Sri Lanka is in the midst of its worst drought in decades. Rain shortages since October have created a humanitarian and economic crisis that is now affecting more than 1.2 million people. More than 900,000 people are in “urgent need of food assistance,” while 80,000 of them may need “urgent life-saving support,” according to a March 7 draft assessment acquired by IRIN.
The drought has affected all but two of the country’s 25 districts in all nine provinces, as well as all aspects of life. It highlights the reverberating consequences of disasters, but the biggest issue at the moment is the shortage of Sri Lanka’s water-intensive staple crop – rice.
“The biggest harvest of the year has just finished, and it’s been a massive failure for most farmers living in areas crippled by the drought,” Chris McIvor, country director for Save the Children in Sri Lanka, said in a press release.
In fact, the harvest was the worst in 40 years, down 63 percent from the average. The drought had damaged land so badly, according to the World Food Program, that by November farmers had cultivated only 35 percent of the country’s rice paddies.
“The nation’s food supply has taken a huge hit, which in turn has caused prices to rise,” McIvor said. “As a result, many of the poorest families are struggling to feed their children, often choosing to eat fewer and smaller meals, and cut down on nutritious foods like meat and vegetables.”
According to Save the Children, nearly a third of children and a quarter of women in Sri Lanka already suffer from malnutrition, even when there is no significant food shortage. Aid groups are worried that in order to cope, families may turn to negative reprieves with long-term consequences, such as pulling their children out of school or selling assets.
Meanwhile, the government has increased food and water aid from neighboring countries and increased food imports. However, in order to encourage imports, the government has lowered import taxes to a third of what it was – from 15 to 5 rupees per kilo. This adds stress to the country’s already diminishing foreign reserves.
Additionally, the government has put a price cap on rice to prevent obscene inflation like Venezuela is experiencing with its food shortage. Although that is good for the poor, rice millers have refused to sell at the set prices causing significant political friction. In February, the government’s price control agency raided shops around the country and will be taking 52 shop owners to court. Economists warn of a burgeoning black market, but also say that imports should help offset shortages caused by domestic millers refusing to sell.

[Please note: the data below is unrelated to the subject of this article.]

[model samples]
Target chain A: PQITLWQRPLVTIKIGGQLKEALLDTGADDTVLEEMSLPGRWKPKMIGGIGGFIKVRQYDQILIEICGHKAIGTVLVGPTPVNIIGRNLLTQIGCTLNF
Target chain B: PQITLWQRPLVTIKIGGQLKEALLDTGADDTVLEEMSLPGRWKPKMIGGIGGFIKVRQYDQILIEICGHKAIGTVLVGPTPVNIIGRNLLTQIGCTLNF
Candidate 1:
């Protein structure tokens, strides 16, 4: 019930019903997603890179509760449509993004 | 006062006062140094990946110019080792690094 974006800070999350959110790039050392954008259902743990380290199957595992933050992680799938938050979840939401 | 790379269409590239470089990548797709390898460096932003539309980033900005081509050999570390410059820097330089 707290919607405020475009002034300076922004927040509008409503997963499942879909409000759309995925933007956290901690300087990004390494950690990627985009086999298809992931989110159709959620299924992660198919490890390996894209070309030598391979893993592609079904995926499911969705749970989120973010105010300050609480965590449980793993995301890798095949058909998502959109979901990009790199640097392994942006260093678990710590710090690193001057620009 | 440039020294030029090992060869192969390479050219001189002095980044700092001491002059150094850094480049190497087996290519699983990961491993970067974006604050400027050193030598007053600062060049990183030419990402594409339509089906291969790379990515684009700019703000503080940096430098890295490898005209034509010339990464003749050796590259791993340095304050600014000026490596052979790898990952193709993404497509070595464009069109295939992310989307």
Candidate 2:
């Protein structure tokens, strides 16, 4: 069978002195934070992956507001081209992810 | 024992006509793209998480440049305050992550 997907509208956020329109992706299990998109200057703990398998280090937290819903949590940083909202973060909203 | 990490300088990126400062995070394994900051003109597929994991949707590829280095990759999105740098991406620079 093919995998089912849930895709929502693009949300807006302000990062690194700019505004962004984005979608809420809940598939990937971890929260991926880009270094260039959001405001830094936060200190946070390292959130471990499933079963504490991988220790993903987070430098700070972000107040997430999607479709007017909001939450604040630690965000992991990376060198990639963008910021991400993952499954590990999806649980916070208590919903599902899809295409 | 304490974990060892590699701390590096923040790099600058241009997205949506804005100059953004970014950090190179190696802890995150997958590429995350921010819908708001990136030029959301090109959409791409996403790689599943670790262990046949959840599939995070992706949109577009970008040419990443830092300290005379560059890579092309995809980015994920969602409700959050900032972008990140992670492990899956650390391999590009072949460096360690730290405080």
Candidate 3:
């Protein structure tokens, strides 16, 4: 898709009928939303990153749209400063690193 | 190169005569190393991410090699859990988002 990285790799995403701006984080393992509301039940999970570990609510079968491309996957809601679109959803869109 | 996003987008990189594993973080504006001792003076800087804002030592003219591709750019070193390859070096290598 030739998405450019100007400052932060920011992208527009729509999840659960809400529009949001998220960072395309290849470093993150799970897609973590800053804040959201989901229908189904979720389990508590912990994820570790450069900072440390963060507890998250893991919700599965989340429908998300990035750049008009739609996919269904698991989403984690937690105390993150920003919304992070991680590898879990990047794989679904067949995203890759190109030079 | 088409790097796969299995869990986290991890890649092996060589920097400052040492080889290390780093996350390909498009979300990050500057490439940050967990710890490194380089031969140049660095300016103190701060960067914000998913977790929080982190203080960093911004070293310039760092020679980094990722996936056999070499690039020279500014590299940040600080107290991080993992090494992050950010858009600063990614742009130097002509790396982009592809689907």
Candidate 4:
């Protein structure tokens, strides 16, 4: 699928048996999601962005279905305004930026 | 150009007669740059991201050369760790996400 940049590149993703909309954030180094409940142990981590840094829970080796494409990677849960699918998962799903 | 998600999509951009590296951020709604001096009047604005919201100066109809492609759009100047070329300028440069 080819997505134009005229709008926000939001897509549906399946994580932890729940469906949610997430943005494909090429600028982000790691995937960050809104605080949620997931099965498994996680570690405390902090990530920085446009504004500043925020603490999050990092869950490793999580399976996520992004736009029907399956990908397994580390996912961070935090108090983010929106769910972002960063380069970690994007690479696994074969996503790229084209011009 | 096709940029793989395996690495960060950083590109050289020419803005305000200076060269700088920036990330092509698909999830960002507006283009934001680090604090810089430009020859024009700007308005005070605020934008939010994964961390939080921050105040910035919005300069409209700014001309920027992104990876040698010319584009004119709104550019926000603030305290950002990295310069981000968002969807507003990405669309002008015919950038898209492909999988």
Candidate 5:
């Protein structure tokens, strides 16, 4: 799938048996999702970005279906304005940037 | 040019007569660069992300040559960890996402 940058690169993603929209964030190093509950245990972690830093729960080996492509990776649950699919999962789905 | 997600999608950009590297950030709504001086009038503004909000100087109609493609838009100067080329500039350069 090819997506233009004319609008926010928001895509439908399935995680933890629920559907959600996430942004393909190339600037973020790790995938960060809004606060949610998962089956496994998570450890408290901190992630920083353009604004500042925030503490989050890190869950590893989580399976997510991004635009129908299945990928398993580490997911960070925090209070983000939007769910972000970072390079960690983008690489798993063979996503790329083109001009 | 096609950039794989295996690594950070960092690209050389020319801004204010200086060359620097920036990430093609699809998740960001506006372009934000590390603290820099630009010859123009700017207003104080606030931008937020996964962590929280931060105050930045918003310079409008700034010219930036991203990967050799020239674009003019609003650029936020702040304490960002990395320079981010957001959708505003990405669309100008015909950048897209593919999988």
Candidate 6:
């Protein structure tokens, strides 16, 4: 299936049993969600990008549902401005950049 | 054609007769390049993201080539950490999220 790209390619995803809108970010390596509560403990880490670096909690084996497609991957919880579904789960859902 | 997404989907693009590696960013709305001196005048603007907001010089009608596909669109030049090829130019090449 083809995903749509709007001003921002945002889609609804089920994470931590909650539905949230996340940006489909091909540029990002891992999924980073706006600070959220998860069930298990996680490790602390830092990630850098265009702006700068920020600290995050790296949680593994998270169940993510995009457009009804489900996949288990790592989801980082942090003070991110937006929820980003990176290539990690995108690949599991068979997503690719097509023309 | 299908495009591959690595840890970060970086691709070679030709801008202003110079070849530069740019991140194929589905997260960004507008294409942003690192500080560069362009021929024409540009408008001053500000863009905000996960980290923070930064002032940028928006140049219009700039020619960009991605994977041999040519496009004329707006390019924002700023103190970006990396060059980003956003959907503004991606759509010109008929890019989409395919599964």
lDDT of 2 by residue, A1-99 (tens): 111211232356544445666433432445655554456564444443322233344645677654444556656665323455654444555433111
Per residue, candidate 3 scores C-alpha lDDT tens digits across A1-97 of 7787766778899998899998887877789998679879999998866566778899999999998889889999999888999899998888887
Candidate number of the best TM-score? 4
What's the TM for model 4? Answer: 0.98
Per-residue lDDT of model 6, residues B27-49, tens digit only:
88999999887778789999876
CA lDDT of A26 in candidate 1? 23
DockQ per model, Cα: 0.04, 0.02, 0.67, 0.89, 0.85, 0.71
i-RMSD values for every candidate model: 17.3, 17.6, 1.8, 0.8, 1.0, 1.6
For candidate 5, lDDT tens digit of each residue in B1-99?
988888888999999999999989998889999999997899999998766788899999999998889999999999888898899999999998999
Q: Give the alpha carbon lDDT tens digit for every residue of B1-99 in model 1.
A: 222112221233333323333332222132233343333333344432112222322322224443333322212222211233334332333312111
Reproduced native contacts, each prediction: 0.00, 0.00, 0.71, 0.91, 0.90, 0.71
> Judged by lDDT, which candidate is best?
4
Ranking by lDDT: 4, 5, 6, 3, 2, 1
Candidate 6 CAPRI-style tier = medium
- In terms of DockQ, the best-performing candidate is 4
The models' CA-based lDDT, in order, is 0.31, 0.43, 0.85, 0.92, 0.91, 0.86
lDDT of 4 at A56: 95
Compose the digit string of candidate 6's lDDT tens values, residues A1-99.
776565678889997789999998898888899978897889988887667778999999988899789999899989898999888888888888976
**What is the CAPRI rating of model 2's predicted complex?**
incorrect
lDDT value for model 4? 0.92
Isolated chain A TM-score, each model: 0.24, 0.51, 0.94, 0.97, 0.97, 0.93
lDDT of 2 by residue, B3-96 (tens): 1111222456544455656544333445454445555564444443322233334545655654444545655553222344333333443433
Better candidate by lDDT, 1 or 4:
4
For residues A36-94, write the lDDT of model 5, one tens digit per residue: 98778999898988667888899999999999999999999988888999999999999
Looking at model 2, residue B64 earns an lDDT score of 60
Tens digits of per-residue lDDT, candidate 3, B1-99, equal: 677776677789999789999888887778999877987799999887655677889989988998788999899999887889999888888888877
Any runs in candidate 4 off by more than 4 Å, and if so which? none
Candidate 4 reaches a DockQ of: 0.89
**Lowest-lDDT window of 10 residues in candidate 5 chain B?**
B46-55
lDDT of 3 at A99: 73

Besides the food shortage, water tanks are also drying out and becoming contaminated from sitting stagnant for too long, increasing risk of disease. The lack of water is inhibiting electricity generation as well, since Sri Lanka is largely hydro-powered. Power plants are only producing a third of the necessary output.
Even the suffering wildlife pose a risk to people, with reports of wild elephants breaking down electric fences around villages to find food and water.
Although normal rains are expected to return at the end of March or April, the consequences of the drought will not wash away. According to IRIN, only 10 percent of farmers affected by the drought were able to produce seeds for the next growing season, compared to the usual 80 percent.
The country’s overall economic outlook does not appear rosy, either. Despite the finance minister’s insistence that they already factored the drought into the budget and 6 percent growth estimate, Moody’s warned of the “negative credit effect of the drought” and assigned Sri Lanka a B1 credit rating with negative outlook.
In the meantime, the government, U.N. and relief organizations are providing drinking water, emergency supplies, unconditional cash grants and a government-run “cash for work” program to help people cope until the next disaster. Based on past events, the U.N. Office for the Coordination of Humanitarian Affairs (OCHA) warned last week that Sri Lanka faces a high risk of tsunami and flooding in 2017.a